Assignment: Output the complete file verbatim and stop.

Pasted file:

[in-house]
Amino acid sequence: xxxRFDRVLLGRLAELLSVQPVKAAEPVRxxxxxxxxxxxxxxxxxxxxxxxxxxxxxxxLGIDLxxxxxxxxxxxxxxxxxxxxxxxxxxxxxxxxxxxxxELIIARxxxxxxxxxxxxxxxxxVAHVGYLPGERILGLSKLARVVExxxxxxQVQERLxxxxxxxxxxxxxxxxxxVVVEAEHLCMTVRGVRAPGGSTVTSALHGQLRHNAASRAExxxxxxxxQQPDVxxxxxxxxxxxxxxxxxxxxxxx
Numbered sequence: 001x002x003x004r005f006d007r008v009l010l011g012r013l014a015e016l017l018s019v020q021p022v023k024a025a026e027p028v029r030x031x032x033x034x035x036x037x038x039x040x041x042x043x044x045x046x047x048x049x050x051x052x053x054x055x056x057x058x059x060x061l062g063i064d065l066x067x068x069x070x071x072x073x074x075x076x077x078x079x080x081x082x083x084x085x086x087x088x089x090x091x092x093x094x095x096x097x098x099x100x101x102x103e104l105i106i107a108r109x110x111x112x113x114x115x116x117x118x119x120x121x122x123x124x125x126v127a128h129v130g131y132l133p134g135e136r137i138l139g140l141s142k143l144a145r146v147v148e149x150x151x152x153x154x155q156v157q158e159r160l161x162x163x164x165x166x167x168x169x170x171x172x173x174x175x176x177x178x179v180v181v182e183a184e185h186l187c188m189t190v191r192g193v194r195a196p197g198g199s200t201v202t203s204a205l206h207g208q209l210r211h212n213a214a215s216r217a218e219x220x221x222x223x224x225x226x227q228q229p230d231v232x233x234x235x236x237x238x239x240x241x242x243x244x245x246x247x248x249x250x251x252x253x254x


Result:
[in-house]
Amino acid sequence: xxxRFDRVLLGRLAELLSVQPVKAAEPVRxxxxxxxxxxxxxxxxxxxxxxxxxxxxxxxLGIDLxxxxxxxxxxxxxxxxxxxxxxxxxxxxxxxxxxxxxELIIARxxxxxxxxxxxxxxxxxVAHVGYLPGERILGLSKLARVVExxxxxxQVQERLxxxxxxxxxxxxxxxxxxVVVEAEHLCMTVRGVRAPGGSTVTSALHGQLRHNAASRAExxxxxxxxQQPDVxxxxxxxxxxxxxxxxxxxxxxx
Numbered sequence: 001x002x003x004r005f006d007r008v009l010l011g012r013l014a015e016l017l018s019v020q021p022v023k024a025a026e027p028v029r030x031x032x033x034x035x036x037x038x039x040x041x042x043x044x045x046x047x048x049x050x051x052x053x054x055x056x057x058x059x060x061l062g063i064d065l066x067x068x069x070x071x072x073x074x075x076x077x078x079x080x081x082x083x084x085x086x087x088x089x090x091x092x093x094x095x096x097x098x099x100x101x102x103e104l105i106i107a108r109x110x111x112x113x114x115x116x117x118x119x120x121x122x123x124x125x126v127a128h129v130g131y132l133p134g135e136r137i138l139g140l141s142k143l144a145r146v147v148e149x150x151x152x153x154x155q156v157q158e159r160l161x162x163x164x165x166x167x168x169x170x171x172x173x174x175x176x177x178x179v180v181v182e183a184e185h186l187c188m189t190v191r192g193v194r195a196p197g198g199s200t201v202t203s204a205l206h207g208q209l210r211h212n213a214a215s216r217a218e219x220x221x222x223x224x225x226x227q228q229p230d231v232x233x234x235x236x237x238x239x240x241x242x243x244x245x246x247x248x249x250x251x252x253x254x